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By ESPN Staff

Media debate rages as Frings sweats on ban

DUISBURG, July 3 (Reuters) - Germany midfielder Torsten Frings was in the middle of a heated debate between German and Italian media on Monday over his role in a quarter-final punch-up which could lead to a World Cup ban for him.

Frings was among those, including FIFA officials and the referee, who were caught up in chaotic punching and kicking at the end of the quarter-final tie between Germany and Argentina on Friday which the hosts won on penalties.

Television executives from Italy, who next meet Germany in the semi-final in Dortmund on Tuesday, said they had found evidence that Frings threw a punch at Argentina forward Julio Ricardo Cruz in the fracas.

Their film prompted a FIFA investigation to be held later on Monday and that sparked indignation in some German media which said the Italians were simply trying to get one of the best home players suspended for the match.

'Italians want Frings suspended,' read the page one headline in Germany's best-selling Bild daily on Monday. 'Are they so afraid of us?'

An Italian FA spokesman said it had played no part in the process and Cruz was quoted as saying in the Italian sports daily, the Gazzetta dello Sport: 'No, I didn't receive any punch, or at least I didn't feel one.'

FIFA initially said that it was taking no action against any Germany player but later said that 'following new evidence coming to light' it was investigating Frings, who had been considered a certain starter for Tuesday's semi-final.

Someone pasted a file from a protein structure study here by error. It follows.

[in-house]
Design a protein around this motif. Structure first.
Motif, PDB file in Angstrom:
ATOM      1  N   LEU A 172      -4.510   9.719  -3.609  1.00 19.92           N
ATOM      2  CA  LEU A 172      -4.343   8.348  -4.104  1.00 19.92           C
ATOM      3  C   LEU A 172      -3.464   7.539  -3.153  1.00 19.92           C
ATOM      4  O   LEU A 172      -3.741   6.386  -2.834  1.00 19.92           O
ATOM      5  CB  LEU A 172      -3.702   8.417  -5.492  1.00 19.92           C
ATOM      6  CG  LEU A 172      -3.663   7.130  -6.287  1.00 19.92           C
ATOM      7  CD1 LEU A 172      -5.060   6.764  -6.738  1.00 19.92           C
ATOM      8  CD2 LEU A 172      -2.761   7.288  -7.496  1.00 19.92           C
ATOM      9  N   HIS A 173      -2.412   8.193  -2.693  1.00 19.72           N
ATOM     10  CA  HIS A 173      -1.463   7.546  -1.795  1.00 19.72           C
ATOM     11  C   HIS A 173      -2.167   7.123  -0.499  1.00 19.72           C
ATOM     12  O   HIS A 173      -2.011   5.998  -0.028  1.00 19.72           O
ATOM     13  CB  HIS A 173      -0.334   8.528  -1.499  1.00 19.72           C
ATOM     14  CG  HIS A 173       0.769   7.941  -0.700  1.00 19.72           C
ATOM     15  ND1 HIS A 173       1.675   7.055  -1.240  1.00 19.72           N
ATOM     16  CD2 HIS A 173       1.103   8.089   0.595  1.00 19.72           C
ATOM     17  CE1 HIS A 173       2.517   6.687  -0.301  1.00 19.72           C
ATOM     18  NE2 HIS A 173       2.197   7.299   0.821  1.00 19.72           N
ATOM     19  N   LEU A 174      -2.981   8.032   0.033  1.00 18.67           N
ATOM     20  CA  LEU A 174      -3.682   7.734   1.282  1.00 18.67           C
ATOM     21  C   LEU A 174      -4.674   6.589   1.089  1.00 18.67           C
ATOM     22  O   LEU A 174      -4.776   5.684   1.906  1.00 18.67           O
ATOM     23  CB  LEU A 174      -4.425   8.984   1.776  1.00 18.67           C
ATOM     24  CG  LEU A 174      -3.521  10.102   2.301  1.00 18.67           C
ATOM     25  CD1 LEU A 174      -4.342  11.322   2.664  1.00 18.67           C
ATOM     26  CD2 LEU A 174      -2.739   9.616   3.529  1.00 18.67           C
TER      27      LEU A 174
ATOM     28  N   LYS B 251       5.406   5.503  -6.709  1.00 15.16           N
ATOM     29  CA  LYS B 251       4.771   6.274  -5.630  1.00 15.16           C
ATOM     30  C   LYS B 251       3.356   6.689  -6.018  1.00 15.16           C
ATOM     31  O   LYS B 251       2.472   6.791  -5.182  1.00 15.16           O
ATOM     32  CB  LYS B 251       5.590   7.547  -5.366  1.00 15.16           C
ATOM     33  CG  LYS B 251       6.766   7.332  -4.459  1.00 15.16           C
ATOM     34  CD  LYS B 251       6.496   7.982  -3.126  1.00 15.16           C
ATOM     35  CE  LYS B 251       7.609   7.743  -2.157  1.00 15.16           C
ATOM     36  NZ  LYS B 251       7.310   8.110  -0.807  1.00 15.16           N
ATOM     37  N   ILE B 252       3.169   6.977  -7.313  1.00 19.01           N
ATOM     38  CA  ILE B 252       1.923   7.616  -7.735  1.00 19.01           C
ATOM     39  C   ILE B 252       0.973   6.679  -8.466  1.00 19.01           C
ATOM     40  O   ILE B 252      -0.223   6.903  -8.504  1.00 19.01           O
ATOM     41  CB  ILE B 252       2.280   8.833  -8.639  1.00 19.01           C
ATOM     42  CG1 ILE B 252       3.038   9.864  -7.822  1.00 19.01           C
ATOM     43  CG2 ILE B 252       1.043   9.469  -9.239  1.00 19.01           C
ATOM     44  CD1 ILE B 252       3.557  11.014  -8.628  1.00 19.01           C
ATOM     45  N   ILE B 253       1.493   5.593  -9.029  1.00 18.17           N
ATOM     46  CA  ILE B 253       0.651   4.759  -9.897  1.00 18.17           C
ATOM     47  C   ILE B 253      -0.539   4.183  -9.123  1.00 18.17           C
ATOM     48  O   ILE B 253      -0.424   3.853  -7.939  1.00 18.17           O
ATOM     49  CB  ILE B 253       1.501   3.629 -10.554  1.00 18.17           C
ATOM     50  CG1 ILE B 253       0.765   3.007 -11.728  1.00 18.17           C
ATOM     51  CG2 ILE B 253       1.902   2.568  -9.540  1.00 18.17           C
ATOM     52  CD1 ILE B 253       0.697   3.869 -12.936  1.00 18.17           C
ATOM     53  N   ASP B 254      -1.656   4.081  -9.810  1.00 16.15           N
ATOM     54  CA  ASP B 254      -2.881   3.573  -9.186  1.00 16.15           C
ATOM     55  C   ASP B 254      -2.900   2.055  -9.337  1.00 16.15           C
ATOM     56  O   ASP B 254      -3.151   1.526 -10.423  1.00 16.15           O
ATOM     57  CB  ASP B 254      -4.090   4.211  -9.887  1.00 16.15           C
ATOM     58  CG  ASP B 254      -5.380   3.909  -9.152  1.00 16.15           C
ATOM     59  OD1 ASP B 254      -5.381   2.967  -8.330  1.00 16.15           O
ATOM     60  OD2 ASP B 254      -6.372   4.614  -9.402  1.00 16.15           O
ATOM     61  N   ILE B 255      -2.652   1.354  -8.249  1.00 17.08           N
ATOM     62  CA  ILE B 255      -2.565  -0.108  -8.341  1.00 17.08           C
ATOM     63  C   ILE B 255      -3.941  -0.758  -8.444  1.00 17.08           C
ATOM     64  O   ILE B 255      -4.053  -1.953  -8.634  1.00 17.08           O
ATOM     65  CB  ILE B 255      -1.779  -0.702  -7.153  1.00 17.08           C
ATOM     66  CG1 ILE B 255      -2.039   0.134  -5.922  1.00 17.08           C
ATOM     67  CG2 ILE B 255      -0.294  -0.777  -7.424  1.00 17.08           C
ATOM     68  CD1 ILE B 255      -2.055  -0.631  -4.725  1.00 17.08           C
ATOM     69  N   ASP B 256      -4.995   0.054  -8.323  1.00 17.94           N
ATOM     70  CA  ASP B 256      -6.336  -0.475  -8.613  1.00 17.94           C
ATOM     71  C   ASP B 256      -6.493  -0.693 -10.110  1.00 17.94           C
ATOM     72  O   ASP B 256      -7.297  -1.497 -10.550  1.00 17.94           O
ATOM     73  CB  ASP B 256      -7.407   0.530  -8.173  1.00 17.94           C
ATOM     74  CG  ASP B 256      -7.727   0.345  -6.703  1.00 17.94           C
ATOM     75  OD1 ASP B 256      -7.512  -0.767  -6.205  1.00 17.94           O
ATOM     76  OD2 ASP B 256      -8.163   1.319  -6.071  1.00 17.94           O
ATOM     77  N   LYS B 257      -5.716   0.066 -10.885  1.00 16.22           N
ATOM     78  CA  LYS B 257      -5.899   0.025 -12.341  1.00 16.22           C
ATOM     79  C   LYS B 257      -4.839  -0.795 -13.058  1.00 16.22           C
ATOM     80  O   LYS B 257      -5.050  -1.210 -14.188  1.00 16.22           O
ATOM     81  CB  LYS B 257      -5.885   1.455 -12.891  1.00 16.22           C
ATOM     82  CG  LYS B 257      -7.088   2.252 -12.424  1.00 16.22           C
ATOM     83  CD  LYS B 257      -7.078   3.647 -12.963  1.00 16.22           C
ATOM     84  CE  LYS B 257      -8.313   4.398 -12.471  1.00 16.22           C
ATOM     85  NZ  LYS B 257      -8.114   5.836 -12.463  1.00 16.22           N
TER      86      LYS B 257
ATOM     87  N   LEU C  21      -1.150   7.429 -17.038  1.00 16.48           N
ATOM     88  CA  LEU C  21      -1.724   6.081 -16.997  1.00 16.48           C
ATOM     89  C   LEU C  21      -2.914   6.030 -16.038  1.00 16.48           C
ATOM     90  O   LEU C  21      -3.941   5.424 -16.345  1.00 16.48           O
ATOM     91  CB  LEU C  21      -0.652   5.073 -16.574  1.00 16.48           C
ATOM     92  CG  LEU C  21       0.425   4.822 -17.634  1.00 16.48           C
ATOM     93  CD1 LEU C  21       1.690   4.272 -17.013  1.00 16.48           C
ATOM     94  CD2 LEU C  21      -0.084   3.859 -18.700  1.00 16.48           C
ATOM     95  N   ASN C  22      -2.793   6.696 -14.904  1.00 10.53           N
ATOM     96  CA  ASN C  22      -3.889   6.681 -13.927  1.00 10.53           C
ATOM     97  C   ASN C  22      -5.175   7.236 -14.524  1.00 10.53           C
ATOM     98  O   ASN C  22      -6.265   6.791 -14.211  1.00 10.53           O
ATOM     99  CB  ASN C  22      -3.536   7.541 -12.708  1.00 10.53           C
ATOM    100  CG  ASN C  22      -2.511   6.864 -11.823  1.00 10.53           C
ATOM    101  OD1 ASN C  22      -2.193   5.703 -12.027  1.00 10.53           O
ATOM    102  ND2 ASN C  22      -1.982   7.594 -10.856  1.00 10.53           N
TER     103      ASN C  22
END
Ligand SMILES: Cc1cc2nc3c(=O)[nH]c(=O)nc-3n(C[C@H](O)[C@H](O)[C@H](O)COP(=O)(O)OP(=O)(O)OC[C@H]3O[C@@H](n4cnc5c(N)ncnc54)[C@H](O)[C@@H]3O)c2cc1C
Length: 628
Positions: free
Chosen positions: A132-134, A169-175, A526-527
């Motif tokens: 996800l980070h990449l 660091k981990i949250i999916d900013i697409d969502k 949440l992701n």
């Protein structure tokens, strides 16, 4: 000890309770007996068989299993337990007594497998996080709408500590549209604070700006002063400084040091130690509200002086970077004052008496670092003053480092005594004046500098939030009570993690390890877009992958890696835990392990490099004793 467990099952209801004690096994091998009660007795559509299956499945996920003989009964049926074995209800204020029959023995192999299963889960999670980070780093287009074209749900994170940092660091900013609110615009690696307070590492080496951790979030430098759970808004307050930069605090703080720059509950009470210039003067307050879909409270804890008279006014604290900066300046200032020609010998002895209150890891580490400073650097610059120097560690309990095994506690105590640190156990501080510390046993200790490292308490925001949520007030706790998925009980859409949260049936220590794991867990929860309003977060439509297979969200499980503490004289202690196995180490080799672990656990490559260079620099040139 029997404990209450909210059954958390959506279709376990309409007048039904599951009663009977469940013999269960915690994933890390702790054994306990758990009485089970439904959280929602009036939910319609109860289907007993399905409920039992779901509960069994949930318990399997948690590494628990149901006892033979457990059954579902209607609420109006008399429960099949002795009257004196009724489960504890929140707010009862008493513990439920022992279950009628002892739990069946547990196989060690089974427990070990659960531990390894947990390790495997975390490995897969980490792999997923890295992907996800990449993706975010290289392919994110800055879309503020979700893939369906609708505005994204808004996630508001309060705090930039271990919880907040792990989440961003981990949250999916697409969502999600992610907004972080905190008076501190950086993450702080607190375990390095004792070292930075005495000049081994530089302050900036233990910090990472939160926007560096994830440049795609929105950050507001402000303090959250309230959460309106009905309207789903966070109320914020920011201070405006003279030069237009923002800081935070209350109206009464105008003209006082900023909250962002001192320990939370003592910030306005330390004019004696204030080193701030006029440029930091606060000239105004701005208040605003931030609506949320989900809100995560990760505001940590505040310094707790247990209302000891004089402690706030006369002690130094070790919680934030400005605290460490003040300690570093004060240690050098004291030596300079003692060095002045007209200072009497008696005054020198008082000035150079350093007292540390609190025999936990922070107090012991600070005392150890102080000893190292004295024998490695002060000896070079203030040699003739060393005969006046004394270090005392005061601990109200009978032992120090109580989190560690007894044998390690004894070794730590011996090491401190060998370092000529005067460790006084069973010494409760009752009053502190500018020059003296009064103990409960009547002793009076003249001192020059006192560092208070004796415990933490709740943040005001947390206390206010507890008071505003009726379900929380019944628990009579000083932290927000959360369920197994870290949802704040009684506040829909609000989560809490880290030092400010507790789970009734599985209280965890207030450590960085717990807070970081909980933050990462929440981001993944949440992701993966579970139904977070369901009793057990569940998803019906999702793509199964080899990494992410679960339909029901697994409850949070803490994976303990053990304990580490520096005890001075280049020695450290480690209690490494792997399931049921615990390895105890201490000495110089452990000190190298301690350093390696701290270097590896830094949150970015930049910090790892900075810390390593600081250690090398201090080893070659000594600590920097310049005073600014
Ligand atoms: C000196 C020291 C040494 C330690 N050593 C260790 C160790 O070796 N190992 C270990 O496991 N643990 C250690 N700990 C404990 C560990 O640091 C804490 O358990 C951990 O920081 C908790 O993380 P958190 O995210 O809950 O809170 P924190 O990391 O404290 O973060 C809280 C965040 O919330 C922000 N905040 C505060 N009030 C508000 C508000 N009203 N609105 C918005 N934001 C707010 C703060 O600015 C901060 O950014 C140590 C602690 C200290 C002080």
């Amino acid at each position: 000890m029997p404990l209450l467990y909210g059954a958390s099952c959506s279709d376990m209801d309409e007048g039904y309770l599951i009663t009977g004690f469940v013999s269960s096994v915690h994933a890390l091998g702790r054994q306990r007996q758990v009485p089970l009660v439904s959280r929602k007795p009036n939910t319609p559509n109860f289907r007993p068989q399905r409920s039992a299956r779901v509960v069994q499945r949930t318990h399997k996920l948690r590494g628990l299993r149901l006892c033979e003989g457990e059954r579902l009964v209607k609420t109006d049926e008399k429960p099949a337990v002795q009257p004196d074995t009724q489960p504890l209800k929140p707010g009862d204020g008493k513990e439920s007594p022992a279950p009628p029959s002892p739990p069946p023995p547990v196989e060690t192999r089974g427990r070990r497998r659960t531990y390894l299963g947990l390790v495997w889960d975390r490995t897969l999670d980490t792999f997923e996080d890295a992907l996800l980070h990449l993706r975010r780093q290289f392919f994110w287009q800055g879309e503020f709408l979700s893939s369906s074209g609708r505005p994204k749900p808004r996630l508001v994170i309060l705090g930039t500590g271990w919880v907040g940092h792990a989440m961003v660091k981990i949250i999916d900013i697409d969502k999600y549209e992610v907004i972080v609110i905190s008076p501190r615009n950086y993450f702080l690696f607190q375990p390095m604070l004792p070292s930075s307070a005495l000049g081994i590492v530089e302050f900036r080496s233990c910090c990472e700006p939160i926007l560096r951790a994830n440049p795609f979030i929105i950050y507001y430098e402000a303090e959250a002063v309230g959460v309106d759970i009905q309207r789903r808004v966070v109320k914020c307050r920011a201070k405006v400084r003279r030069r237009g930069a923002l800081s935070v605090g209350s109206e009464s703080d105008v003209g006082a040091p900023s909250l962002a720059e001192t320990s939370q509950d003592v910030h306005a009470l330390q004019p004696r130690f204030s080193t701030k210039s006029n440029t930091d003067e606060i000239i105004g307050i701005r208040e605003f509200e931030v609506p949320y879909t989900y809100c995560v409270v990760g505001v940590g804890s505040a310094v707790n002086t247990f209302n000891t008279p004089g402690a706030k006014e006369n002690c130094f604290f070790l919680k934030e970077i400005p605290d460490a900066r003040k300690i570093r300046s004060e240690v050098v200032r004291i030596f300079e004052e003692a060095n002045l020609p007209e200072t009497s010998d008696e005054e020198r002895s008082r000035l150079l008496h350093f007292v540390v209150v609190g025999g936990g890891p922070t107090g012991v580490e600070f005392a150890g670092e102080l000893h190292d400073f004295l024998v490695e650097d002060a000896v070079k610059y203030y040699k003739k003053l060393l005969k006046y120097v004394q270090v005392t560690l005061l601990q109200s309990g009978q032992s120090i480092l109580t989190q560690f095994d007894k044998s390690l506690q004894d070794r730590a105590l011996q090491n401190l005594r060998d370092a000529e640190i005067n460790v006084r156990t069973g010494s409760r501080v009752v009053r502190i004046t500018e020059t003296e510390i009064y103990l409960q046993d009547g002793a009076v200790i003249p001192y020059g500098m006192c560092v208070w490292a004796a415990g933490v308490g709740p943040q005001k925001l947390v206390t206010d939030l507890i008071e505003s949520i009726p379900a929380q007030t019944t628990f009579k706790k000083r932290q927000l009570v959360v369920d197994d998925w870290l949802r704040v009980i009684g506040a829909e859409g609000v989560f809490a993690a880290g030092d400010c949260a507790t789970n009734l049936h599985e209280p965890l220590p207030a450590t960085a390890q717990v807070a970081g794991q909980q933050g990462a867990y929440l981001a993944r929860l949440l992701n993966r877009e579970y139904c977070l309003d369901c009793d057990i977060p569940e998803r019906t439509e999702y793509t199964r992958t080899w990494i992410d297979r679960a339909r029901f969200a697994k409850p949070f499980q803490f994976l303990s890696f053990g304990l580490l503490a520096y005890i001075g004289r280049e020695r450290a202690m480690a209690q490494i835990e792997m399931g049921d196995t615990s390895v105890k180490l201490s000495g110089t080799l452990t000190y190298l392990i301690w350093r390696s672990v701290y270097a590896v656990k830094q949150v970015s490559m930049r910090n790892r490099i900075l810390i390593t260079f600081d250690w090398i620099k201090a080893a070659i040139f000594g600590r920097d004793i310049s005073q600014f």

'The credit goes to our group working in Munich,' Giovanni Bruno, director of Sky Sport told the Italian news agency ANSA.

'It is logical that when there is a brawl you try to find who was involved. With hours of broadcasting to fill, it is quite normal that you look to find the details. After watching the images many times, the guys realised there was Frings's punch and they put it on air,' said Bruno.

'At the start it passed unobserved, then German television station ZDF found out that we were in possession of these images and they asked for them and broadcast them.

'After that all the television stations took our pictures. At that point FIFA asked for the cassette with those pictures,' he added.

A still image of Frings's outstretched arm was also published in the Italian newspaper La Repubblica and on Monday the paper wrote that their picture had alerted FIFA.

'On Saturday, FIFA saw the images from the international broadcast but after they had seen the pictures published by Repubblica, that we had taken from Sky (Italia), FIFA asked the broadcaster to provide the video... there was no activity from our Football Federation,' the paper wrote.

Frings has protested his innocence.

'I found myself in a crowd of people where everyone was hitting out wildly,' he told German newspaper Kreiszeitung Syke.

'I took two punches myself. I put out my hands to protect myself, that was all,' he said.

Many German newspapers had relatively sober accounts of the FIFA investigation into Frings, reporting what the newly emerged pictures show and Frings's denial that he was an active participant in the melee at the end of the match.

But some dailies, such as best-selling Bild, emphasised to their readers that the investigation which had already been completed was reopened after at the urging of Italian media.

Argentina defender Leandro Cufre and forward Maxi Rodriguez are also being investigated by FIFA for their role in the fracas.